Requesting a professional translation of the patent document is an option, but it is a costly one and usually reserved for later on in a search process rather than for preliminary freedom-to-operate searches, for example.

Patent-database providers have been working to help searchers overcome language barriers. The provision of searchable machine translations and on-demand machine translation tools is now reinforced by the more recent addition of cross-lingual search tools such as the Language Explorer in Minesoft’s PatBase, which is powered by WIPO’s CLIR (cross-lingual information retrieval) system. Such tools allow users to translate keywords or terms from their native language into multiple other languages in order to produce a list of synonyms for an effective keyword search.

Making the actual user interface available in different languages is another way in which patent data is being made more accessible for users – individual patent offices often provide search interfaces in their native language and in English (such as SIPO, the Chinese Patent Office or Depatisnet from the German Patent Office). Commercial database providers echo this trend – PatBase, for example, is available in English, Chinese and Japanese while the end-user PatBase Express interface is also available in French, German and Spanish.

Classification systems

A second challenge when considering patent information is that of classification. Patent documents are classified by patent offices according to the fields of technology to which they relate. This makes it easier to search patent information because searchers can use the classification codes to zoom in on precise areas of technology relevant to their field of work. Used in conjunction with keyword searching, classifications enable more efficient searching of patent information.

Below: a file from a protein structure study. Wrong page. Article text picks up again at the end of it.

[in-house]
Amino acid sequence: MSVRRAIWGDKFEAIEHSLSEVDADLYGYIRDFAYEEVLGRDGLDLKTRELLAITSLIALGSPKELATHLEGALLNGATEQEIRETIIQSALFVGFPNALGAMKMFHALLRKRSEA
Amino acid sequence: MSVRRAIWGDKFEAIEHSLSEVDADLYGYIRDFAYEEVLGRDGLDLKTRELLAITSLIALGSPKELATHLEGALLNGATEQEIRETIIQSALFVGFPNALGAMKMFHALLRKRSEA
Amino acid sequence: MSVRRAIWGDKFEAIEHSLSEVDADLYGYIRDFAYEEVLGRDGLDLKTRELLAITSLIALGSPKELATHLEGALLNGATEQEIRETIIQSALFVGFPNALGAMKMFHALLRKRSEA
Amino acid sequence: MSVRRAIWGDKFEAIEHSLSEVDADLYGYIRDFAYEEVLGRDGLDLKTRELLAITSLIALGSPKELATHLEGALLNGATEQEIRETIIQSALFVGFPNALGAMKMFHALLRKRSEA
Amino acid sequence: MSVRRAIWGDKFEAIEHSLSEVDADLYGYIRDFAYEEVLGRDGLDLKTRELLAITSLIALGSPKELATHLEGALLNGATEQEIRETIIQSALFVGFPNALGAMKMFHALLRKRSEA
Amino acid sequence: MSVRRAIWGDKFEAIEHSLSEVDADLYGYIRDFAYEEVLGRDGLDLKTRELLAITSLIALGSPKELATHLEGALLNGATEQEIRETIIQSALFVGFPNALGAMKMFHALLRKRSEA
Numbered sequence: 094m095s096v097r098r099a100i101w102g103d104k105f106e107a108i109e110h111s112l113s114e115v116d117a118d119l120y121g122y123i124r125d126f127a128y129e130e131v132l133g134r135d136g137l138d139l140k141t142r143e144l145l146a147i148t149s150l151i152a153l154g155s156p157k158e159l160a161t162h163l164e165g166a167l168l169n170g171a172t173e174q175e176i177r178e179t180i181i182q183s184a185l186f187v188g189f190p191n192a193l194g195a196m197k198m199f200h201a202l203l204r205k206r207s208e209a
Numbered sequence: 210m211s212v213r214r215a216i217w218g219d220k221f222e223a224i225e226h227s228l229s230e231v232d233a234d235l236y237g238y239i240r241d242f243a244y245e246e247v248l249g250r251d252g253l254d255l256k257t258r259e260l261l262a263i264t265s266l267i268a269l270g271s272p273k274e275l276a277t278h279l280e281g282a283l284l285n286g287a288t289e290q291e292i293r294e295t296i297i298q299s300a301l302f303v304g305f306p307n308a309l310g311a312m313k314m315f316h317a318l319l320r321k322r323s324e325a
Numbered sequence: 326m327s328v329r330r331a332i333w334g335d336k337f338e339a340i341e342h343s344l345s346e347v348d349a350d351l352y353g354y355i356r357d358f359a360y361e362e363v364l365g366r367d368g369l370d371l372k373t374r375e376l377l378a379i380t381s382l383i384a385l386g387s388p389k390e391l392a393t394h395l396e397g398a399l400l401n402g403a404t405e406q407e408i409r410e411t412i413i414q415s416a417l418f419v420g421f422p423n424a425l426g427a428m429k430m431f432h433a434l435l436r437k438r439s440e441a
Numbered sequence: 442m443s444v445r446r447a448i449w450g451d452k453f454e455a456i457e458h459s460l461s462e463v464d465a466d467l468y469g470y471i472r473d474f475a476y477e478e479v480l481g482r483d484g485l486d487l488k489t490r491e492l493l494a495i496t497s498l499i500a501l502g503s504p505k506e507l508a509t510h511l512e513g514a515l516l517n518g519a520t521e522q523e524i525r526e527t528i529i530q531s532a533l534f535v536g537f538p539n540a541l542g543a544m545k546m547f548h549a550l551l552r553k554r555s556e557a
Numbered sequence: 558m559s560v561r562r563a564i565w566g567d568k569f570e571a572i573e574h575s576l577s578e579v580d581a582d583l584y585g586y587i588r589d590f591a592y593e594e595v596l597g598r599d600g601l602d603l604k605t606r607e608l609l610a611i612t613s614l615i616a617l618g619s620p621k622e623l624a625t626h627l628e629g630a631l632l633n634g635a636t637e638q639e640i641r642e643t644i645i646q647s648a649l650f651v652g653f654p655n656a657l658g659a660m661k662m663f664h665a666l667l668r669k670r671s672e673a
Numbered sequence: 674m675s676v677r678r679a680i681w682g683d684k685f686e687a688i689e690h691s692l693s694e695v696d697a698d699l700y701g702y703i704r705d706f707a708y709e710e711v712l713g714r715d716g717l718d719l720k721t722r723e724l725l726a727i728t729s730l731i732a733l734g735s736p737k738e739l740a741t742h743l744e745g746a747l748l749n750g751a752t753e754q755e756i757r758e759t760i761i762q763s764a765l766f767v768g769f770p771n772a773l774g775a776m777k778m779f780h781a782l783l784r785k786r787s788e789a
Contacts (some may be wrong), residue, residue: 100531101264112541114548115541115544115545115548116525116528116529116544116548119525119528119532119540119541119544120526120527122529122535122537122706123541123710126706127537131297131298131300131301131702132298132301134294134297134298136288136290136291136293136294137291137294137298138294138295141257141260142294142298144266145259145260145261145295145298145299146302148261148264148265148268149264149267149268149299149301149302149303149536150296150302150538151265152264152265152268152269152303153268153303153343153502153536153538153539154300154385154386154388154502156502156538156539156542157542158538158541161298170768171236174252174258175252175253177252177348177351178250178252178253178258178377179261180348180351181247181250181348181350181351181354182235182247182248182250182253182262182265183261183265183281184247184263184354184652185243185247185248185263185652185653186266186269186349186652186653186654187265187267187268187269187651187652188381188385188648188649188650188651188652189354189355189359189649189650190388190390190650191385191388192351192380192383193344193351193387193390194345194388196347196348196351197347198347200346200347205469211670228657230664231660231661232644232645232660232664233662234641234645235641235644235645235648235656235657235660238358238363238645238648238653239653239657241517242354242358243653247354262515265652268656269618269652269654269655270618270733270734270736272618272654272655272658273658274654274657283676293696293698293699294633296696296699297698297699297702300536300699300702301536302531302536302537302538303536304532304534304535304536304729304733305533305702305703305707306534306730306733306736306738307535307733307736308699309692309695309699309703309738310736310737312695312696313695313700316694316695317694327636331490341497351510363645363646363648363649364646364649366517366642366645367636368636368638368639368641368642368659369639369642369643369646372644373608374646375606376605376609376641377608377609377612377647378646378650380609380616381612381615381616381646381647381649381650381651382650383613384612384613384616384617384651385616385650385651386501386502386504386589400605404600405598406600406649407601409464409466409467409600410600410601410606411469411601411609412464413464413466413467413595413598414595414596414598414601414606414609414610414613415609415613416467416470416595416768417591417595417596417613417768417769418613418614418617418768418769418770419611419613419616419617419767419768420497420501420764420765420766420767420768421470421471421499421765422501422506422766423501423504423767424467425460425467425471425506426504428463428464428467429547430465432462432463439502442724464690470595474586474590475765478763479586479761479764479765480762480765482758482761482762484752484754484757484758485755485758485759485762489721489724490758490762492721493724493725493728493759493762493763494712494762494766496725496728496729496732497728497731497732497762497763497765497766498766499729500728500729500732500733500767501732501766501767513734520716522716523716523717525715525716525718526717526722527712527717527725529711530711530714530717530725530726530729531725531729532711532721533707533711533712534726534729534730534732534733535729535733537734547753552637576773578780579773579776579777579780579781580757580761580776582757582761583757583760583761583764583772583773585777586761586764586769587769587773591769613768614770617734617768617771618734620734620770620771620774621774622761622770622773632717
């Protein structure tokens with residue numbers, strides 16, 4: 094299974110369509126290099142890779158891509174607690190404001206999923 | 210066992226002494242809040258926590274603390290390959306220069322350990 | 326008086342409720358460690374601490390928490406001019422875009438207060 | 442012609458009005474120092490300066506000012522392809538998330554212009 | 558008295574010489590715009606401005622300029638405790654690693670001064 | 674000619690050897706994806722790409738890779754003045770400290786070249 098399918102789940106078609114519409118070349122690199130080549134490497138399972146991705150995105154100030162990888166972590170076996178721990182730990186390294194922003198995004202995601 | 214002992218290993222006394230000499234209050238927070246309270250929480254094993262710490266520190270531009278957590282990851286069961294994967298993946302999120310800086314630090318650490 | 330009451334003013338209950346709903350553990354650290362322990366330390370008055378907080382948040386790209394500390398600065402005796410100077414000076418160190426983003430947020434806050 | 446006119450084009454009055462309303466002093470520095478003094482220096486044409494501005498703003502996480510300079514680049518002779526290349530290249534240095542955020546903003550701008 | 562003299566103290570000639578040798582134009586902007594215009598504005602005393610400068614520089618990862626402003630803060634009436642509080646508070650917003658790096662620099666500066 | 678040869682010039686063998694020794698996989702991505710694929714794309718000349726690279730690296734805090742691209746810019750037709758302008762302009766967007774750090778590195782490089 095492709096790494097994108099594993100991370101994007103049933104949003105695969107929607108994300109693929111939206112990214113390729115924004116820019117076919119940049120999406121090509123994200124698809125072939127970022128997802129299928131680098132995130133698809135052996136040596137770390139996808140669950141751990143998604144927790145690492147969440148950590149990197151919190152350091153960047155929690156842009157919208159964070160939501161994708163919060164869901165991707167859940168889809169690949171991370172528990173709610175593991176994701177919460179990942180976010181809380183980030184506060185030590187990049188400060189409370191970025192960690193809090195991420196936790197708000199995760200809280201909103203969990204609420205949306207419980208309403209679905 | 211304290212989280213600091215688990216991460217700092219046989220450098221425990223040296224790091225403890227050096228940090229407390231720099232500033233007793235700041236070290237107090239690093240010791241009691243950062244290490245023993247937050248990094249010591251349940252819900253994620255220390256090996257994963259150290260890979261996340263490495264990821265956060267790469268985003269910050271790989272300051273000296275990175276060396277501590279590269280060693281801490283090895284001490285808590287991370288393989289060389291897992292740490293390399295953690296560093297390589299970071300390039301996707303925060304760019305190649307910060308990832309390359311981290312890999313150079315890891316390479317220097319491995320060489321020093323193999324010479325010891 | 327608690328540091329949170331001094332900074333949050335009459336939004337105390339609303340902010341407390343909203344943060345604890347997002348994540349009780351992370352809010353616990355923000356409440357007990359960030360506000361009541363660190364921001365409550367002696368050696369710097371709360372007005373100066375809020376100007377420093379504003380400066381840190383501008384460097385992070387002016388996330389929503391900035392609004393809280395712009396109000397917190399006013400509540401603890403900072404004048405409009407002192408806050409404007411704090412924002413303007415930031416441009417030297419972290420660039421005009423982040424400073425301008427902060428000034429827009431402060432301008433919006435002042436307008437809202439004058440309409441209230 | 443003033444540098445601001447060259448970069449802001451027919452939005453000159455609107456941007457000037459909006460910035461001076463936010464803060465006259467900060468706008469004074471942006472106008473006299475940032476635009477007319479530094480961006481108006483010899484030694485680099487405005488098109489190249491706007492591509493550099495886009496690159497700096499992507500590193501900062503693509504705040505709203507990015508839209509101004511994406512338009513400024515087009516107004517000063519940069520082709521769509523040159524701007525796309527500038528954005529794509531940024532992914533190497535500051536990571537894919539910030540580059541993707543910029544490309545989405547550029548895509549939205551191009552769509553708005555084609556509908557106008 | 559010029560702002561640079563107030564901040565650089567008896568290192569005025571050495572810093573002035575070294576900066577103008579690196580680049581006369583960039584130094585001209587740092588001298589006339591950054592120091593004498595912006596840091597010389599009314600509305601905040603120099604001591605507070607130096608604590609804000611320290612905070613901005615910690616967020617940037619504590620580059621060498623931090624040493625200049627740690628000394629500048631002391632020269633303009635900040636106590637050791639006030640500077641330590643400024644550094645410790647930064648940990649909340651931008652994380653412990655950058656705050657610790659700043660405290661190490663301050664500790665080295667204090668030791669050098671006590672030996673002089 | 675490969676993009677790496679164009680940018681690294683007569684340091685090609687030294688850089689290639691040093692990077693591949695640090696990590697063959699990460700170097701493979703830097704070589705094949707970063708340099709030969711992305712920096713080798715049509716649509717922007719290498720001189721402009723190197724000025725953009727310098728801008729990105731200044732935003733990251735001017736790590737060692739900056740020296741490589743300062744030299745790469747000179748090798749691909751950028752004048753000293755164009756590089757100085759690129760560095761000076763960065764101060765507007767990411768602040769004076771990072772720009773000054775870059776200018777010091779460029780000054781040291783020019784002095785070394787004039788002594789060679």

Since patent examiners in different patent offices use different classification systems, searchers need to be familiar with several schemes to search efficiently. The main schemes were, until the end of 2012, the IPC (from the World Intellectual Property Organization), ECLA (from the European Patent Office) and USPC (from the US Patent & Trademark Office).

The European and US patent offices have come together for a joint classification system 

However, in January the Cooperative Patent Classification (CPC) was launched. This aims to bring the European and US patent systems closer together, and is seen as a significant step towards greater harmonisation in the patent system. The new classification combines the USPC and ECLA schemes, and should give patent searchers better access to detailed classes for inventions.

Patent database providers have moved quickly to ensure the transition is as smooth as possible for their users by incorporating classification search tools such as the Classification Finder in PatBase. This allows users to navigate around an unfamiliar classification by using keywords to search the class definitions in order to retrieve the relevant classifications.